The Price of Free World Victory / Henry A. Wallace [an address, 8 May 1942]        
International Utopias / Zechariah Chafee, Jr. [American Scholar, summer 1942]
Wanted: American Radicals / James B. Conant [Atlantic Monthly, May 1943]
The General Educational Stream of the Liberal Arts / Howard Mumford Jones [an address, 20 May 1938]
The Uniqueness of Man / Julian Huxley [Man Stands Alone,1941]

*Sources as given in the book’s footnotes.


I was misled by the title into thinking that this book is a sort of propaganda to raise the morale during the Second World War. As such, I wanted to read it as a companion volume to The English Spirit (1942), ed. Anthony Weymouth, a British collection of talks delivered on the BBC and later collected in book form with the same purpose. It’s always interesting to compare the British and the American way, be it national propaganda or detective fiction or, if you like, Wimbledon and the US Open. As soon as I glanced at the table of contents, however, I realised this book is something different. And when I read the preface by Mr Morrison, the editor in chief, I realised it is something completely different.

As it turned out, this is a book for “students in uniform – prospective officers of the armed forces.” The editors consulted the list of writers and works suggested by the Army and the Navy for the general education of their soldiers, and they offer this comprehensive selection that should stimulate “reading the virtue of which would be to make a well-informed and thoughtful citizen of America in the world Americans will face during and after the war.” If I understand correctly Mr Morrison, Director of English A, Harvard University, the title of the book refers to the danger of modern war, which “requires prolonged specialized training”, dehumanizing soldiers, turning them into mindless machines. The editors thought, and so far as I am concerned were correct, that this book is “suitable for any contemporary American student, military or civilian” because it fosters the “qualities that can turn the civilian into a fighter without destroying his capacity for membership in a society at peace.” In other words, a soldier must be a citizen first, preferably a well-educated one.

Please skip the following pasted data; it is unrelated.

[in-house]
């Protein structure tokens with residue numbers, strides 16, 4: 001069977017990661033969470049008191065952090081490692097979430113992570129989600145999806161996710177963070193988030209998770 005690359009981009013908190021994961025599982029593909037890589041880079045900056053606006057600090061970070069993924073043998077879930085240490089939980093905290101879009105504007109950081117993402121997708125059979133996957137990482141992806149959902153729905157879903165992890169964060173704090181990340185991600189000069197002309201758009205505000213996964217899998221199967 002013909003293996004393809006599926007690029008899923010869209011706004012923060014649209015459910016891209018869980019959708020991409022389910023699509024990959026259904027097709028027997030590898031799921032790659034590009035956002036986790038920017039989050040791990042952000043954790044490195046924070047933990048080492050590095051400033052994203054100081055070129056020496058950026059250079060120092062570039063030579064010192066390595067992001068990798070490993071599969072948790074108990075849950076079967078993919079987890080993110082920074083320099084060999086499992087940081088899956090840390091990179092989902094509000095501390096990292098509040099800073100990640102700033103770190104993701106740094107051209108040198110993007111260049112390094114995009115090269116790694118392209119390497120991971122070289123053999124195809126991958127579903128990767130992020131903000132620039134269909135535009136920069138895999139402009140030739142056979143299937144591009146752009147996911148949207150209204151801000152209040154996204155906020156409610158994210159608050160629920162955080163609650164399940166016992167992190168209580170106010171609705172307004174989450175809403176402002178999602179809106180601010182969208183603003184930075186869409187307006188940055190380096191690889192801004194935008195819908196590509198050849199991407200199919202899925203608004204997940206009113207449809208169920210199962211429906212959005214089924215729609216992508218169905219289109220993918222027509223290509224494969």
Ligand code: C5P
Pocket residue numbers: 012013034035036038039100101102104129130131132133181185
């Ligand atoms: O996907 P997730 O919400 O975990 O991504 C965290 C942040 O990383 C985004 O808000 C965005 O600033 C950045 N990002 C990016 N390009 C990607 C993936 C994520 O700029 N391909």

To begin with, a couple of caveats. First, many of the essays included here are heavily abridged; I am going to mention this several times in the following paragraphs, but it’s good to keep it in mind from the beginning. Second, many of these pieces, particularly in the first two parts, require for their full appreciation a solid knowledge of American history which I don’t possess. I have read them as a human being interested in human nature, a citizen of the world if you like, rather than for whatever national significance they may have. If I seem to neglect certain essays, this is because I found them dated, dull or both; two or three I admit I couldn’t finish. As a general rule, I have tried to put all pieces in their right historical context – by the way, only one piece, “Running the Grand Canyon”, has a prefatory note about that; for the rest, the modern citizen who reads must navigate the Web – but I have also tried to emphasise their intrinsic, timeless value.

I was curious to meet for the first time two distinguished American men of letters from the nineteenth century, Henry David Thoreau and Ralph Waldo Emerson. I must say their names are more impressive than their writing. Both have little to offer but promising beginnings:

[Thoreau, “Civil Disobedience”:]
I heartily accept the motto, "That government is best which governs least"; and I should like to see it acted up to more rapidly and systematically. Carried out, it finally amounts to this, which also I believe "That government is best which governs not at all"; and when men are prepared for it, that will be the kind of government which they will have.